IALR Announces Licensing Deal with Indigo Ag, Inc.
Tuesday, May 8, 2018
The Institute for Advanced Learning and Research (IALR) recently licensed a collection of agriculturally important, beneficial bacteria (called endophytes) to Indigo Ag, Inc. (Boston, Massachusetts). The bacteria, isolated and characterized by IALR scientists, show promise for commercialization as natural plant bio-stimulants. IALR scientists focus on developing and implementing next-generation agricultural products and technologies to improve farming diversification and productivity.
“Licensing these beneficial bacteria to a company as respected and innovative as Indigo is very positive news for IALR and the endophyte library program our scientists are developing, which now contains more than 1200 characterized strains,” said Executive Director, Mark Gignac.
Indigo is a company dedicated to harnessing nature to help farmers sustainably feed the planet. In 2017, the company was named a Technology Pioneer by the World Economic Forum. The Forum highlights early-stage companies involved in the design, development, and deployment of new technologies and innovations that are poised to have a significant impact on business and society.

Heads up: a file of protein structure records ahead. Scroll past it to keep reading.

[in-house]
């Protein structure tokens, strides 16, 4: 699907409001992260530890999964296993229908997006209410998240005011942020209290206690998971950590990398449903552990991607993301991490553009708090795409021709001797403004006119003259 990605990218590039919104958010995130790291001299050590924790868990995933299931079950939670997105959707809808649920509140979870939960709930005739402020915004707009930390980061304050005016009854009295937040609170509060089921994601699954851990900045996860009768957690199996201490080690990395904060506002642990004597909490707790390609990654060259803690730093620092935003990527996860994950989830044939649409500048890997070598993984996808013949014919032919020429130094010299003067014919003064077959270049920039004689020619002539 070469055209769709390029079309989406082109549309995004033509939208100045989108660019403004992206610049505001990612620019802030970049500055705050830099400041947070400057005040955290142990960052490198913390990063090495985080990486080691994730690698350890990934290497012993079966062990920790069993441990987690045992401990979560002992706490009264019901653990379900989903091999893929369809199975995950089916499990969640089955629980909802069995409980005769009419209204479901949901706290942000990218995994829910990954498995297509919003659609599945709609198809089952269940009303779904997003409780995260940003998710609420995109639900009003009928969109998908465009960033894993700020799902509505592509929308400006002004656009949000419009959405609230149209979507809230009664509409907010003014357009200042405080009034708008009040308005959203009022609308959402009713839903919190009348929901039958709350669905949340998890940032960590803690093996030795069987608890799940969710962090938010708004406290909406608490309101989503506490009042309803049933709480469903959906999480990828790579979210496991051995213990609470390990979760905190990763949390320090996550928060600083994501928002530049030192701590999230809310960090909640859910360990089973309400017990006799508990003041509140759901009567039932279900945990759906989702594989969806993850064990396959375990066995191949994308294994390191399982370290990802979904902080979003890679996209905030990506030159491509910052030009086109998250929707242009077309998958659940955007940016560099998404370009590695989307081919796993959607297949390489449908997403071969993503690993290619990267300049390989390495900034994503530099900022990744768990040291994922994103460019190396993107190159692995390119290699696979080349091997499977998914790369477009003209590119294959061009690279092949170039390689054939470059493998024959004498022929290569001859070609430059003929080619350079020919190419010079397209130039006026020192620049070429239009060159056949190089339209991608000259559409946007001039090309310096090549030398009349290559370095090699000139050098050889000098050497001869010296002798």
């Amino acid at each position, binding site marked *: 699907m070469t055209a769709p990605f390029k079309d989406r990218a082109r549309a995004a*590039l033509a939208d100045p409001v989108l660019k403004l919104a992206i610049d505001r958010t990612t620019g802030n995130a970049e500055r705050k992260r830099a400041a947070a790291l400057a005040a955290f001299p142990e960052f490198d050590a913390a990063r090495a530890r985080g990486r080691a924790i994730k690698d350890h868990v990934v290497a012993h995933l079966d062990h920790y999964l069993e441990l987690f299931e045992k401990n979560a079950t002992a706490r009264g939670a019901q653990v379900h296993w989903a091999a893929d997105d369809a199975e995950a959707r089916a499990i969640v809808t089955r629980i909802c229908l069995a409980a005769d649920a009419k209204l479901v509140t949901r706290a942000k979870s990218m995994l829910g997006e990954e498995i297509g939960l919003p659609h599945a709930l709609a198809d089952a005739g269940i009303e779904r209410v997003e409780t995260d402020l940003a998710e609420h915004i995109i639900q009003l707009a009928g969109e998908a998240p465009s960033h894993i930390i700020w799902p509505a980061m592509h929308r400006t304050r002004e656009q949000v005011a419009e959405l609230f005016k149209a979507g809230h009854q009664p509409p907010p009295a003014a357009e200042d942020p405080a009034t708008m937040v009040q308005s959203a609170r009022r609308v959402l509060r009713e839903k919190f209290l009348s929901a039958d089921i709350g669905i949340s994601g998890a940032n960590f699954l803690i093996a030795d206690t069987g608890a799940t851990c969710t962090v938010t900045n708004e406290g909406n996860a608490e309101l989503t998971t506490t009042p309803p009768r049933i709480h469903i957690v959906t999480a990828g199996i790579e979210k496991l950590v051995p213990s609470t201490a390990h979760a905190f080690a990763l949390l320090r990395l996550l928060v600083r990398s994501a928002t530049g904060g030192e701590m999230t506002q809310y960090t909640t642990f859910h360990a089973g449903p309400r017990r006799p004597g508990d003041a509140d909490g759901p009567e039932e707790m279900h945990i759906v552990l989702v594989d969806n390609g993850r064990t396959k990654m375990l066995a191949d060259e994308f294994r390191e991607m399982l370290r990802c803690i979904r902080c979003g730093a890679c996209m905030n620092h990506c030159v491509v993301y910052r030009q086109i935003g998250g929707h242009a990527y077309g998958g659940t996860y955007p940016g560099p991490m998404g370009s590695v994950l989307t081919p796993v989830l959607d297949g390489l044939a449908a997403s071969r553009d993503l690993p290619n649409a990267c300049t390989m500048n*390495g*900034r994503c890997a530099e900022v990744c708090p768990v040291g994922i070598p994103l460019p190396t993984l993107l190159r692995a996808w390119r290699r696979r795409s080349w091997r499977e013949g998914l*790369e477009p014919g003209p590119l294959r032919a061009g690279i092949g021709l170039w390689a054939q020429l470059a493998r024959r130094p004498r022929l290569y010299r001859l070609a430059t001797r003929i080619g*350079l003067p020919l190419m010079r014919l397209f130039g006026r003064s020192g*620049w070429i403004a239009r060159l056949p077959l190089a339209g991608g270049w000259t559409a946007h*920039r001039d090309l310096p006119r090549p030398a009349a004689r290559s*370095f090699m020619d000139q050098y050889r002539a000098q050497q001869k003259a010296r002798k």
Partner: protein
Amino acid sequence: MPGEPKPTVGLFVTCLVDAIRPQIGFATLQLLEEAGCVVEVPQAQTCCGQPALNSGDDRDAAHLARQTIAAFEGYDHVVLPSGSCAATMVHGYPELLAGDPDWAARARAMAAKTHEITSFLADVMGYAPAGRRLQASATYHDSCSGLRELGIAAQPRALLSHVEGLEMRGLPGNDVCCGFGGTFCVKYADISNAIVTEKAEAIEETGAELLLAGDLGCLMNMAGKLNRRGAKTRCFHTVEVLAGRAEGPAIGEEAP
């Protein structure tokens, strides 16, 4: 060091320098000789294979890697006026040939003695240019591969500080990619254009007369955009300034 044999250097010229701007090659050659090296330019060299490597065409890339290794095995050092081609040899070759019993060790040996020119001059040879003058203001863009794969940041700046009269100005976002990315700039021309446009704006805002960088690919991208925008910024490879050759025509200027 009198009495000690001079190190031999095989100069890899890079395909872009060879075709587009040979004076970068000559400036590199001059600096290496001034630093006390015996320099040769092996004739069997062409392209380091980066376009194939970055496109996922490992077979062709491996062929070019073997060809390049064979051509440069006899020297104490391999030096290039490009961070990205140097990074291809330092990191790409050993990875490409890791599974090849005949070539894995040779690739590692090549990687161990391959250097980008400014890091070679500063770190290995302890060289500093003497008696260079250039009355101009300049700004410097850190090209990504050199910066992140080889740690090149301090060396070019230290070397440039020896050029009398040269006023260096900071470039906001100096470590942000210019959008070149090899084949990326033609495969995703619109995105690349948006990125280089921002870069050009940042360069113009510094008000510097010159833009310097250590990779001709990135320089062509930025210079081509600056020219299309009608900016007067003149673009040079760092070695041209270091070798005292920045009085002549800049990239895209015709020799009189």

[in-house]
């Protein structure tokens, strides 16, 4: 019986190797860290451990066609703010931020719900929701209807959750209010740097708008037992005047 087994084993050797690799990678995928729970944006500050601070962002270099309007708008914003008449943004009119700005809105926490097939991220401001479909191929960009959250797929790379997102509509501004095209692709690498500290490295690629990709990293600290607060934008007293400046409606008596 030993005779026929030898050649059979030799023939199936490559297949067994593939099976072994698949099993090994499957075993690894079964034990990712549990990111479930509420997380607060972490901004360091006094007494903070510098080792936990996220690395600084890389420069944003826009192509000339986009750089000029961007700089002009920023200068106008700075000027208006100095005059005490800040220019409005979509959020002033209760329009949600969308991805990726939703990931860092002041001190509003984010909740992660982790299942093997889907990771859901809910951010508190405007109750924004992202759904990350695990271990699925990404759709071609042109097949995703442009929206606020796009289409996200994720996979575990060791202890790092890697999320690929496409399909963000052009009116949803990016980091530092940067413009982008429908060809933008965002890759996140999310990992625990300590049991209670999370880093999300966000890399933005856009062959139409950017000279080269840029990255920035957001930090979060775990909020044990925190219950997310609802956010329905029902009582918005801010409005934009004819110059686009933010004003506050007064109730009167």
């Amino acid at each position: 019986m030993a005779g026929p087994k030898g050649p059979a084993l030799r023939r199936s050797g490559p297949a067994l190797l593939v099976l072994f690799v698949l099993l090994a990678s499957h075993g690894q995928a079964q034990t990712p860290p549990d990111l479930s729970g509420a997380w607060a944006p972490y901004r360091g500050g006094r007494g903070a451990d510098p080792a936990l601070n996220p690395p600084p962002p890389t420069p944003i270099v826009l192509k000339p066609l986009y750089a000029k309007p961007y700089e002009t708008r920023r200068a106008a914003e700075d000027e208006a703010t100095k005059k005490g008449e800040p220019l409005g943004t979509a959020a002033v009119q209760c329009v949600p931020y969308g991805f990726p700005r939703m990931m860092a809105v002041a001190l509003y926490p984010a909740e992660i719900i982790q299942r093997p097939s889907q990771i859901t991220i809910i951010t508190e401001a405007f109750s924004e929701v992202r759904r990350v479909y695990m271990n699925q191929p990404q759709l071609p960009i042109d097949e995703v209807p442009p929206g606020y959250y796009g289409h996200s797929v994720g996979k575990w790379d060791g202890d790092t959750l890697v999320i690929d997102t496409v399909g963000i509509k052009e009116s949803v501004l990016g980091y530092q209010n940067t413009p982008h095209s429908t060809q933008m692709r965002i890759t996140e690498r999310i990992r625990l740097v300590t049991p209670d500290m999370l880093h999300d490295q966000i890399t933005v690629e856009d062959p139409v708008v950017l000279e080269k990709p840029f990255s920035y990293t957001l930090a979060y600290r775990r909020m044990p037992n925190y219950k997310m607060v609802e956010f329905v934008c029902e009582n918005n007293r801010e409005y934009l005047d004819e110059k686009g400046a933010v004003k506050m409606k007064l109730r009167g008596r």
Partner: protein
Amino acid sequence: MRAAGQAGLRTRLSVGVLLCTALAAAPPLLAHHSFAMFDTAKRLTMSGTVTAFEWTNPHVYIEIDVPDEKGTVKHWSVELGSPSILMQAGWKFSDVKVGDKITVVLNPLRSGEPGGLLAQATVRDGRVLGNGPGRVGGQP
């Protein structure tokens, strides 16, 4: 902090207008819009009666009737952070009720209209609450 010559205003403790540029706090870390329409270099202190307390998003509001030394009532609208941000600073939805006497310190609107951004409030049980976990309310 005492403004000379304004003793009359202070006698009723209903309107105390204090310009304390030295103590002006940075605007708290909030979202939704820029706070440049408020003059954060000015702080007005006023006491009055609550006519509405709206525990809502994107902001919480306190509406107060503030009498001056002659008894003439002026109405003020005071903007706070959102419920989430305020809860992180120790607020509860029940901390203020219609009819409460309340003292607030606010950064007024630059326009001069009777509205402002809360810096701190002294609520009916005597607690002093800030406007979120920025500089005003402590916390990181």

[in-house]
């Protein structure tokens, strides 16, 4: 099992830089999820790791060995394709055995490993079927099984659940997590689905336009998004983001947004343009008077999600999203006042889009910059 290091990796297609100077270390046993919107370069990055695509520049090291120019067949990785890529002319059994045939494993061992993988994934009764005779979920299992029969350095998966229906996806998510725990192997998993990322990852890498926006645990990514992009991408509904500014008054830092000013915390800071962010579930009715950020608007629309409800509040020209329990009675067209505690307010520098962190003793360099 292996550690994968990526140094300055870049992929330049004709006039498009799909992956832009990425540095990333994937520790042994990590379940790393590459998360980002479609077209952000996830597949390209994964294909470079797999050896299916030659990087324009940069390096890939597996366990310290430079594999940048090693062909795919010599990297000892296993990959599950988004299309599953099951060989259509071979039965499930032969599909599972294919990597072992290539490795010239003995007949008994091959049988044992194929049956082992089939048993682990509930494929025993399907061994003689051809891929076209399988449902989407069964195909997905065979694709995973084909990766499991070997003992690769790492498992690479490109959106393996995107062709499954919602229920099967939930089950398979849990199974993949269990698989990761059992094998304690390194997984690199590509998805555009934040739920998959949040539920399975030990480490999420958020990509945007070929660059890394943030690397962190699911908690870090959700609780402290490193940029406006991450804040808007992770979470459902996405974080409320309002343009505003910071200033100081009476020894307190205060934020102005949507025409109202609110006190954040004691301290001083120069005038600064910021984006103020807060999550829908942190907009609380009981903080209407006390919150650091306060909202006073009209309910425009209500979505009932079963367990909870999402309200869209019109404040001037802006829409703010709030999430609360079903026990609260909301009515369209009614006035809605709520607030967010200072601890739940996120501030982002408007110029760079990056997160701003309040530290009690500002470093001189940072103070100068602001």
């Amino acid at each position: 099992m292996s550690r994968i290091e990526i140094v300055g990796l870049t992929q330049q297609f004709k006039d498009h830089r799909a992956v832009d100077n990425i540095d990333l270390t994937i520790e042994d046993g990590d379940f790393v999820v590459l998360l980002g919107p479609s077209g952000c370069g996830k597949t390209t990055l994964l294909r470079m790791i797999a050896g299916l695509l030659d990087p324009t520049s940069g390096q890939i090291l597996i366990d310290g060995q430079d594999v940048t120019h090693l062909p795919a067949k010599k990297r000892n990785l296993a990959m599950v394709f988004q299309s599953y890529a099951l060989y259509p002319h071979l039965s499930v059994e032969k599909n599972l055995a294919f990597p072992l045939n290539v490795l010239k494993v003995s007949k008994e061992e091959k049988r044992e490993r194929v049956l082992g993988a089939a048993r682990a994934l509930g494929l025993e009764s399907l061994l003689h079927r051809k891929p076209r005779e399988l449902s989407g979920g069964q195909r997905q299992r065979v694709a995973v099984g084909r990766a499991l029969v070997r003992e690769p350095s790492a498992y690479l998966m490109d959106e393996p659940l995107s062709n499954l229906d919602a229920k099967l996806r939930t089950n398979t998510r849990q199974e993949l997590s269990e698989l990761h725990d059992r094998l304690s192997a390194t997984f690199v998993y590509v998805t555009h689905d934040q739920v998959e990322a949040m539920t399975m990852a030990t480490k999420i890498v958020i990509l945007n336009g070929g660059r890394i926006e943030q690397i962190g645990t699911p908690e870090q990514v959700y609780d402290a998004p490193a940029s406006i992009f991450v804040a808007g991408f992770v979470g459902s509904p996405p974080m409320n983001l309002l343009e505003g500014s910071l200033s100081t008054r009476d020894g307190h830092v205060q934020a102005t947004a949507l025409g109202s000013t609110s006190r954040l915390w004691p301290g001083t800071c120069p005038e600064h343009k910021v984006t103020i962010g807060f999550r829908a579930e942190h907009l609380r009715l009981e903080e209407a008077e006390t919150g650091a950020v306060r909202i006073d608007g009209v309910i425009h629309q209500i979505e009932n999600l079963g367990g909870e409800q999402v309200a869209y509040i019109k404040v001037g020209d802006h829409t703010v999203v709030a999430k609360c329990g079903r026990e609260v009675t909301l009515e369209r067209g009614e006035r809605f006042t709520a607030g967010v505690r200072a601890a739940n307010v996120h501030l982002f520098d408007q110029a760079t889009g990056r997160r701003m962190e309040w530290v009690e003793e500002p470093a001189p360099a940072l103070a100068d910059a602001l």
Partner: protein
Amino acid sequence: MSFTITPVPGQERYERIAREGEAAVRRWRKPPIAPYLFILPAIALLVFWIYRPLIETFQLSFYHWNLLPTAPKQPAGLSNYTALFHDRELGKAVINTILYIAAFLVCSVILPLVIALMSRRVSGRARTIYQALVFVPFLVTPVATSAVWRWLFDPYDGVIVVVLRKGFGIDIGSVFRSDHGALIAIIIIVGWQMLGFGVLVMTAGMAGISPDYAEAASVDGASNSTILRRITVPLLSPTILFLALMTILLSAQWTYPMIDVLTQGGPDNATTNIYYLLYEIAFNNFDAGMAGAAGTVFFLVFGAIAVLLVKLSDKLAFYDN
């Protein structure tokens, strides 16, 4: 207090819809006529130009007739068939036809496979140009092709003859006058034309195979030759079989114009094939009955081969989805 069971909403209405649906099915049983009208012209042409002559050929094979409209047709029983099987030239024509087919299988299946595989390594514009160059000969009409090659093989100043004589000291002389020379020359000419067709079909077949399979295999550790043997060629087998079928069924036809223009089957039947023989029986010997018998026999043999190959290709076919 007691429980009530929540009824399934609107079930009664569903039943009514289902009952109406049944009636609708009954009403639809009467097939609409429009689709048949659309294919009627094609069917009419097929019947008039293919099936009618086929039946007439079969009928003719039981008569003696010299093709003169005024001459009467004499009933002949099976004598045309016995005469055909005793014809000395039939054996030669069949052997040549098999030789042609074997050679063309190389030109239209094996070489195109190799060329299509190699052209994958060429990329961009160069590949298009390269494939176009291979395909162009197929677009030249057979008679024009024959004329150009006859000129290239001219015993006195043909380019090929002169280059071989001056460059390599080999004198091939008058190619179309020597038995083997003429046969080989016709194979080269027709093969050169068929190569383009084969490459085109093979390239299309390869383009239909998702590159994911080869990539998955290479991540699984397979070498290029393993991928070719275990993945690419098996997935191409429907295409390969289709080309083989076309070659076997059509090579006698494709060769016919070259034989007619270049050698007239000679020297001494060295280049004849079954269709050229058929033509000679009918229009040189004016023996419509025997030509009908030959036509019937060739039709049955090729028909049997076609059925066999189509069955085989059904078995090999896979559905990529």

“At Indigo, we are developing solutions based on plant endophytes, and exploring the ways in which these can influence agricultural practices,” said Director of Collaborations, Virginia Ursin, PhD. “Partnering with leading research institutions such as IALR is key to delivering on our commitments to farmer profitability and environmental sustainability.”
What are Endophytes? Beneficial bacterial endophytes live inside plants and represent a largely unexplored resource for enhancing sustainable agriculture. They are an untapped reservoir of novel natural products, optimized for biological relevance. In the agricultural sector, IALR scientists are exploring growth enhancement and disease resistance of crops important to Southern Virginia. In the biotechnology sector, IALR scientists are searching for unique natural products, such as antibiotics and antivirals, with wide-ranging applications.